Albertans 75 and older who haven’t yet been vaccinated for COVID-19 got the great news last week that they’re now eligible starting Wednesday — but many questions remain so we’ve set out to answer the most frequently asked questions.
Alberta Premier Jason Kenney announced last Friday that the province was moving to Phase 1B of the vaccine rollout, expanding vaccinations to everyone 75 and older.
The next steps come as all long-term care and designated supported living residents in Alberta public facilities have now received their second and final doses of vaccine, the premier said.
Alberta Health Services (AHS) has hired extra staff and tested its online appointment portal, anticipating high volumes when it comes to calls and clicks.
Senior support groups, like the Kerby Centre in Calgary, say this is a moment many have been looking forward to. The centre has fielded questions like, “How can I get a vaccine appointment, how do I sign up?”
“We haven’t had a trial run on this, so to speak,” said Kerby Centre CEO Larry Mathieson. “Whether you’re working with seniors in an organization locally or if you’re the government, we haven’t had a precedent for this kind of event for a good hundred years.”
Many, he added, see the vaccine as a path back to normal life.
“Every day, every week, we have lots of people calling, anxious to get back to do the things that they used to do,” he said. “Whether they’re a user or even our staff, they’re just relishing the notion of getting a little closer to normal, normal life again.”
How do I book a vaccination?
Bookings begin at 8 a.m. on Wednesday, Feb. 24.
There are two ways to book an appointment:
- If you have Internet access, either on your desktop computer or through a handheld device, you can head to www.ahs.ca/covidvaccine.
- Over the phone, simply call Health Link (811), but be warned: Alberta Health Services told CBC high call volumes are anticipated on Wednesday, which might mean a long wait before you’re helped by a nurse.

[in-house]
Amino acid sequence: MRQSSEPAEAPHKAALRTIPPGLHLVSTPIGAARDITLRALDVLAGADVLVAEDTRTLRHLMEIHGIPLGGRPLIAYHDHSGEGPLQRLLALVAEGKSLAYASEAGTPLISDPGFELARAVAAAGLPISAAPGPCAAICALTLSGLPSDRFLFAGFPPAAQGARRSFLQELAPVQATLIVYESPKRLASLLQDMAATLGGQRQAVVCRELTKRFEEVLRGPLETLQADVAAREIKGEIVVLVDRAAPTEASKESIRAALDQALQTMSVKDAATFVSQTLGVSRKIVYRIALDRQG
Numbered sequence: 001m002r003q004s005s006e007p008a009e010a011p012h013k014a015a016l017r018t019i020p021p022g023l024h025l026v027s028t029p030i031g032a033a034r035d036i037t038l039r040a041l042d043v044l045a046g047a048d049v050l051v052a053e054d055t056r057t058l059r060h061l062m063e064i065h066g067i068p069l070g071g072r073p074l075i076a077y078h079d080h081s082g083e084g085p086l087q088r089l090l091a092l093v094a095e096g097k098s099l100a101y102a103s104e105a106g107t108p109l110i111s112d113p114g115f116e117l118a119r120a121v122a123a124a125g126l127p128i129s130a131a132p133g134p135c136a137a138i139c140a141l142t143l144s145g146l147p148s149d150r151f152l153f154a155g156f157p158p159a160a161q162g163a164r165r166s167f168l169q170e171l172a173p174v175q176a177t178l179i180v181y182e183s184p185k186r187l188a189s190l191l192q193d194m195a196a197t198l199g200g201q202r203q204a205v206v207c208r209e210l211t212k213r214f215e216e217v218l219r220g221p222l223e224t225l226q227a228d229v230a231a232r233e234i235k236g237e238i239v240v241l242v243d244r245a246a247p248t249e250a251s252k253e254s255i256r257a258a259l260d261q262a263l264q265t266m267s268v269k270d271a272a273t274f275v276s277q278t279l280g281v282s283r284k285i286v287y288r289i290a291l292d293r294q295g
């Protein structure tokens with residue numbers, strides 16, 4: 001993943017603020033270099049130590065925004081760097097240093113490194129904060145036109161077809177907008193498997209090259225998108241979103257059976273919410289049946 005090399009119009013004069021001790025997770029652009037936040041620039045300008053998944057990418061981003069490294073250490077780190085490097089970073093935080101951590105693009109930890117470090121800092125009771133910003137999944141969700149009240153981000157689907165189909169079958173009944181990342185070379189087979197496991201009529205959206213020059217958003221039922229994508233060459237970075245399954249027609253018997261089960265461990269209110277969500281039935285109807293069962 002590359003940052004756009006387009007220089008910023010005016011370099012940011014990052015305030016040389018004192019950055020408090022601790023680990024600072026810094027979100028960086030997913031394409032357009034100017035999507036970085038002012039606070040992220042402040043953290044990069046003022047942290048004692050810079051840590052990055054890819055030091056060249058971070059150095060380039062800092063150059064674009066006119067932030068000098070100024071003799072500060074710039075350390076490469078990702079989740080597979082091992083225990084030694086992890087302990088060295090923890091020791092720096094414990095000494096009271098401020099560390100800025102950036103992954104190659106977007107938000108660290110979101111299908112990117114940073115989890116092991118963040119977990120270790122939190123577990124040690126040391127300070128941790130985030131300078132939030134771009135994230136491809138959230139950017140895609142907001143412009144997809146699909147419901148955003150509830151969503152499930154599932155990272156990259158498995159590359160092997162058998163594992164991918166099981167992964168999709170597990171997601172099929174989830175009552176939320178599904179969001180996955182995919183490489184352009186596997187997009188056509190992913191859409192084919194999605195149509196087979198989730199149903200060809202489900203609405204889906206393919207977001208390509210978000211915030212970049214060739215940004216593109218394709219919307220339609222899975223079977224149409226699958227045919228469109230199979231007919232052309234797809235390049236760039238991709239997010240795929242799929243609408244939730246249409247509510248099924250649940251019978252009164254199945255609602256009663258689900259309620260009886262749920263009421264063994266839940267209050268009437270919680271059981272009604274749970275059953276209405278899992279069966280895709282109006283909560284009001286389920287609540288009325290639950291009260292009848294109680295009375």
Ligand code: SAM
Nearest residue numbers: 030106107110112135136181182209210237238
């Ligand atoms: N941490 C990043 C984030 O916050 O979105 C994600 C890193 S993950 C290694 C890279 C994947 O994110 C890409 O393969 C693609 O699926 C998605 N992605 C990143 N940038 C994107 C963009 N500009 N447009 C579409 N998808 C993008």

What if I’m turn 75 later this year?
You’re still eligible to be vaccinated now. Anyone born in 1946 or older can be vaccinated, you don’t have to wait for your birthday.
Can someone else book it for me?
Family members who want to make an appointment on behalf of someone 75 or older who is eligible to receive the vaccine can help. All that’s needed is the Alberta Health Care number and date of birth of the person being vaccinated. Appointments can be made by phoning Health Link or going online.
Seniors will be directed to their closest clinic location.
What times will vaccinations be available?
Vaccination clinics will run daily between 8 a.m. and 3:40 p.m. AHS expects to extend these hours by Mid-March.
In Calgary, there are 75 regular community public health clinic staff and 650 additional casual immunizing staff ready to work.
Across Alberta, there are 355 full-time immunizers, and more than 1,000 casual staff are available to help with this vaccine rollout. More staff will be hired as needed.
What if I need transportation or can’t leave my home?
If transportation is an issue, AHS is encouraging friends and family to help.
Several agencies in all zones throughout the province are working with AHS to come up with solutions as well, especially for those who can’t leave their homes.
Mathieson told CBC the Kerby Centre has met online with agencies and the Ministry of Seniors and Housing to brainstorm what the best approach would be. He anticipates more meetings on the issue before Wednesday.
“A lot of the organizing around this is happening very, very quickly,” Mathieson said.
I don’t qualify yet, what about me?
The next phase could start in April, depending on vaccine availability.
It will include anyone aged 50 to 74, anyone with underlying high-risk health conditions, First Nations and Métis people aged 35 or older, eligible caregivers and residents and staff of congregate living settings.
Congregate living settings include correctional facilities, homeless shelters and group homes.